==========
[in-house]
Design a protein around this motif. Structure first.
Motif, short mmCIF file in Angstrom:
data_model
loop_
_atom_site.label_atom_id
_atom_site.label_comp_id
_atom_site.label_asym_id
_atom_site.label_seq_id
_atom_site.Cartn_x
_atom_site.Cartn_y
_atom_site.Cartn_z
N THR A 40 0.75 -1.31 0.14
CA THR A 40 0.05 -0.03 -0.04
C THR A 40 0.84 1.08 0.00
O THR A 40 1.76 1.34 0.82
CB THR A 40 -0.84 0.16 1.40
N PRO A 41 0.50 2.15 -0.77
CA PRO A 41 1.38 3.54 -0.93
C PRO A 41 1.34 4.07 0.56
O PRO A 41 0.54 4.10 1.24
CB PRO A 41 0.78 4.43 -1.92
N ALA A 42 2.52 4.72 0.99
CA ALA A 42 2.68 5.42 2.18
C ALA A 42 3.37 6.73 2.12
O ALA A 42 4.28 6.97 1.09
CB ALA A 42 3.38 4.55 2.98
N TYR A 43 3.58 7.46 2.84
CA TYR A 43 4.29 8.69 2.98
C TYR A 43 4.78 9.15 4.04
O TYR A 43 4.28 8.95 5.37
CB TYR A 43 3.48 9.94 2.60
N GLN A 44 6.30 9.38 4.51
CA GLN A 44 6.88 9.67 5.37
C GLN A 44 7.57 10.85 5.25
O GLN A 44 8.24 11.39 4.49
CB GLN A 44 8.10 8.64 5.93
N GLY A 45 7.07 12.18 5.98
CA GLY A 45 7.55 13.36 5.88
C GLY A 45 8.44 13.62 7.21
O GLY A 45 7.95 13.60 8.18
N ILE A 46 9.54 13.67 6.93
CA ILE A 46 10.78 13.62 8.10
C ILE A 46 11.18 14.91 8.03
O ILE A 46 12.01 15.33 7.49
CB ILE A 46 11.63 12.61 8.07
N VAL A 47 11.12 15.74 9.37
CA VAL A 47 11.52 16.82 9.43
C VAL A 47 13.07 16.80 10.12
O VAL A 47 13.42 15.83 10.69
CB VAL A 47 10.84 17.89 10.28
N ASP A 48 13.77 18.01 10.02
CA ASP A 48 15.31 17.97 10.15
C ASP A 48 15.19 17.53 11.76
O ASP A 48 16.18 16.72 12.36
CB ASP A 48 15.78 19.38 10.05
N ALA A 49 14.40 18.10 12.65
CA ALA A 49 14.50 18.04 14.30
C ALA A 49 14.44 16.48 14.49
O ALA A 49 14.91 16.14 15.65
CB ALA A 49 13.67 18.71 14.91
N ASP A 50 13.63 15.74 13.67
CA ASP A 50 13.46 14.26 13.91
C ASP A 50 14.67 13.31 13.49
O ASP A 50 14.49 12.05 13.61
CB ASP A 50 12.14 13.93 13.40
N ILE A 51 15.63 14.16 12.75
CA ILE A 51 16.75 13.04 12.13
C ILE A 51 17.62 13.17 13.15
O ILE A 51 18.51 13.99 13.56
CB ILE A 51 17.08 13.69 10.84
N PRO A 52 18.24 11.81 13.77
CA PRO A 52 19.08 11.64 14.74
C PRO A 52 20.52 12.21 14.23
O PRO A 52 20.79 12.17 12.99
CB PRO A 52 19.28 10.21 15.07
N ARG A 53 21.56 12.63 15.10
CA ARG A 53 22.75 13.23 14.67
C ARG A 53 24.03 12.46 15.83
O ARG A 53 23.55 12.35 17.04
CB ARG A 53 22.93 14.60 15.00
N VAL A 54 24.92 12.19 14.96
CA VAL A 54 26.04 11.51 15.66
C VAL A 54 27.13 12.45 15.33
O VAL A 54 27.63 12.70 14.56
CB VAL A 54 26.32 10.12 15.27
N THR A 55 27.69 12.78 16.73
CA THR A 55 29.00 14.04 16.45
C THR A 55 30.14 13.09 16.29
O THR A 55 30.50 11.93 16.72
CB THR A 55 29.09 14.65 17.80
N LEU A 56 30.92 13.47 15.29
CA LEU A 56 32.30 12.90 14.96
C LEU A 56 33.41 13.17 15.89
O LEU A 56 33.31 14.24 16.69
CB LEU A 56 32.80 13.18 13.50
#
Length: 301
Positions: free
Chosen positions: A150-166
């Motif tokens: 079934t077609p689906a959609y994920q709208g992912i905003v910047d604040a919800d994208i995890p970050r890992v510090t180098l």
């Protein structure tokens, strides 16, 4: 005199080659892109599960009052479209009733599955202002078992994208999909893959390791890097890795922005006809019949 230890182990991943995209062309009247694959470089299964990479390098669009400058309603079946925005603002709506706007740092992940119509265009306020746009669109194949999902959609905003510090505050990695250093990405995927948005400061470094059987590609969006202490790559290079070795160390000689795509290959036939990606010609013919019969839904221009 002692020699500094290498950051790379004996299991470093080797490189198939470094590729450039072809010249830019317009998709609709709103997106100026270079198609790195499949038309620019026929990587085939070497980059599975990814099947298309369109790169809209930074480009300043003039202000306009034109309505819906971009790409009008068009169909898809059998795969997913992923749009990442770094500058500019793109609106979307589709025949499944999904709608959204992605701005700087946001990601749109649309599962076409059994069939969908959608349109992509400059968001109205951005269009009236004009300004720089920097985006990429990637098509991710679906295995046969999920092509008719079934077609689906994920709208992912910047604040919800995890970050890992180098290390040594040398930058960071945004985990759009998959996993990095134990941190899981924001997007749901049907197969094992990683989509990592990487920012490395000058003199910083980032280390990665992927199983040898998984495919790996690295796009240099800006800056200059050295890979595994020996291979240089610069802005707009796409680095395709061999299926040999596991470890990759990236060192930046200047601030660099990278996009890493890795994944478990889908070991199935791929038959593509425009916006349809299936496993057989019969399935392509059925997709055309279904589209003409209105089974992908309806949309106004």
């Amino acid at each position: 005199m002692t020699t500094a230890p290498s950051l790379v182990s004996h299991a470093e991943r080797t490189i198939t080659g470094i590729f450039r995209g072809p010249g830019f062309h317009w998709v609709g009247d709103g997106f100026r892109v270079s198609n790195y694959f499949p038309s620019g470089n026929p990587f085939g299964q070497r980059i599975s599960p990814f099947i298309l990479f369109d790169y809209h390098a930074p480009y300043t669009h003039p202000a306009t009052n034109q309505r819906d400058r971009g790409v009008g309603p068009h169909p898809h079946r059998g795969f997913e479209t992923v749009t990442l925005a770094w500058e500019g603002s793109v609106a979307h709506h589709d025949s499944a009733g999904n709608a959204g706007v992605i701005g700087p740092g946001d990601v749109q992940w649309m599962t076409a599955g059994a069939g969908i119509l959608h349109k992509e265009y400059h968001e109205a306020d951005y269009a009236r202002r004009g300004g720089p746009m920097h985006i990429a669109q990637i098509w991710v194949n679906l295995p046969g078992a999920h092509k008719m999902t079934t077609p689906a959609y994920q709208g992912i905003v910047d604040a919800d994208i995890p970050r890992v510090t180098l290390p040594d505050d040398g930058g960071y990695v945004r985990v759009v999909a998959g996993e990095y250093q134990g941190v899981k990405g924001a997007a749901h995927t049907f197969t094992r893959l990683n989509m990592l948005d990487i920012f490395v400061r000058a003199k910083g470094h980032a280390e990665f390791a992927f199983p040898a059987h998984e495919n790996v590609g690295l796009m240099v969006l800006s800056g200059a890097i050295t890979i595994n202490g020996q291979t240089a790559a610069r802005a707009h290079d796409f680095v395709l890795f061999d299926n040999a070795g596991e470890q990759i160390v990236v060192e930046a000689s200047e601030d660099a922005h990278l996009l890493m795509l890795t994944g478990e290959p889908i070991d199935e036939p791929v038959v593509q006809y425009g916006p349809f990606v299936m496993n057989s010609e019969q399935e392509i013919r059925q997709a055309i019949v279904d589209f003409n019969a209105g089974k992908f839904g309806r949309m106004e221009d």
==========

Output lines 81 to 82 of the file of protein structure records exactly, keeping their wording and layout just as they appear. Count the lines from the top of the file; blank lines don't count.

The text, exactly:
CB ARG A 53 22.93 14.60 15.00
N VAL A 54 24.92 12.19 14.96